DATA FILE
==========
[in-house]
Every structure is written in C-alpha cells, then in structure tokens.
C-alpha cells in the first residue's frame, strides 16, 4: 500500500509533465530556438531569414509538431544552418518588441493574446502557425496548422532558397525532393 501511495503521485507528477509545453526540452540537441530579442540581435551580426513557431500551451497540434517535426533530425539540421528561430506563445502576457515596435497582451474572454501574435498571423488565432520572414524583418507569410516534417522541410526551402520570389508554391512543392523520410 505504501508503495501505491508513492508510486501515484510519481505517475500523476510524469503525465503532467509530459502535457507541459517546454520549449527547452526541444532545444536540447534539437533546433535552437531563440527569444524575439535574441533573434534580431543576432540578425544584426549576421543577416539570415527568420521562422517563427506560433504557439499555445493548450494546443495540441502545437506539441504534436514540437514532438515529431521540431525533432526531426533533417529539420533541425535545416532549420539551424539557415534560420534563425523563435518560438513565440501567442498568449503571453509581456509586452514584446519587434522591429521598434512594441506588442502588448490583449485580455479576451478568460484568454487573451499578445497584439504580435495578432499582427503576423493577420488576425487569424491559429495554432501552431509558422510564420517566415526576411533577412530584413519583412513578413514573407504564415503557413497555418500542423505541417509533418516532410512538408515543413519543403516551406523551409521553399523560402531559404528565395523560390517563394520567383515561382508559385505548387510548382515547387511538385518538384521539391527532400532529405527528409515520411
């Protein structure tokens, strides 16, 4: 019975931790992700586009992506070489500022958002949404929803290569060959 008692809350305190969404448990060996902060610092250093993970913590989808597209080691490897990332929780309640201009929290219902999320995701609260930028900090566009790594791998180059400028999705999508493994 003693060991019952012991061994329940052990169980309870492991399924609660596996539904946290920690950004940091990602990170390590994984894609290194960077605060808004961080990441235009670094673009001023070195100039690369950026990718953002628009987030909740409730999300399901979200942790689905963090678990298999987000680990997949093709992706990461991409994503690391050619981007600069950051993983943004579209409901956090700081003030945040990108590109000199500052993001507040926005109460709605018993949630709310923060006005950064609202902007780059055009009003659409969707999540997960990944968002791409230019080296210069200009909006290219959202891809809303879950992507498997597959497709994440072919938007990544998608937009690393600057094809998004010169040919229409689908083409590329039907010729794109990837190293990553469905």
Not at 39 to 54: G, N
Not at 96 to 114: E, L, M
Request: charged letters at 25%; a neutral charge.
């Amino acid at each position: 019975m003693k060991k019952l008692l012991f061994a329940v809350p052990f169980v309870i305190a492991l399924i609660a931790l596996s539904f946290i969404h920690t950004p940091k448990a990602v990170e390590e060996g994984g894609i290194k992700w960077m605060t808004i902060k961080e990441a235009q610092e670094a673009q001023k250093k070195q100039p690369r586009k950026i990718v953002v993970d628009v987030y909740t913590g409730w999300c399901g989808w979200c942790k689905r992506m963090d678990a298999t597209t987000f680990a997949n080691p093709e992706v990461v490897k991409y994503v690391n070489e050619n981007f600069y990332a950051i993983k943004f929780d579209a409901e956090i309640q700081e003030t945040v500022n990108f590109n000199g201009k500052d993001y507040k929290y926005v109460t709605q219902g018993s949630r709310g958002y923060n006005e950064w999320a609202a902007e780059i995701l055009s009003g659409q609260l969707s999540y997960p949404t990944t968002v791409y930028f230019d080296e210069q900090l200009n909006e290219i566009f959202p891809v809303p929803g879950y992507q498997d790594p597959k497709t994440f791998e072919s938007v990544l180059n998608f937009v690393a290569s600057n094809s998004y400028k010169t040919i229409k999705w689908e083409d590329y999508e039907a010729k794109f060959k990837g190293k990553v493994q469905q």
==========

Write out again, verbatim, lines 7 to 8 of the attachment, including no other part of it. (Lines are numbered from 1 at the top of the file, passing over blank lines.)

Request: charged letters at 25%; a neutral charge.
């Amino acid at each position: 019975m003693k060991k019952l008692l012991f061994a329940v809350p052990f169980v309870i305190a492991l399924i609660a931790l596996s539904f946290i969404h920690t950004p940091k448990a990602v990170e390590e060996g994984g894609i290194k992700w960077m605060t808004i902060k961080e990441a235009q610092e670094a673009q001023k250093k070195q100039p690369r586009k950026i990718v953002v993970d628009v987030y909740t913590g409730w999300c399901g989808w979200c942790k689905r992506m963090d678990a298999t597209t987000f680990a997949n080691p093709e992706v990461v490897k991409y994503v690391n070489e050619n981007f600069y990332a950051i993983k943004f929780d579209a409901e956090i309640q700081e003030t945040v500022n990108f590109n000199g201009k500052d993001y507040k929290y926005v109460t709605q219902g018993s949630r709310g958002y923060n006005e950064w999320a609202a902007e780059i995701l055009s009003g659409q609260l969707s999540y997960p949404t990944t968002v791409y930028f230019d080296e210069q900090l200009n909006e290219i566009f959202p891809v809303p929803g879950y992507q498997d790594p597959k497709t994440f791998e072919s938007v990544l180059n998608f937009v690393a290569s600057n094809s998004y400028k010169t040919i229409k999705w689908e083409d590329y999508e039907a010729k794109f060959k990837g190293k990553v493994q469905q």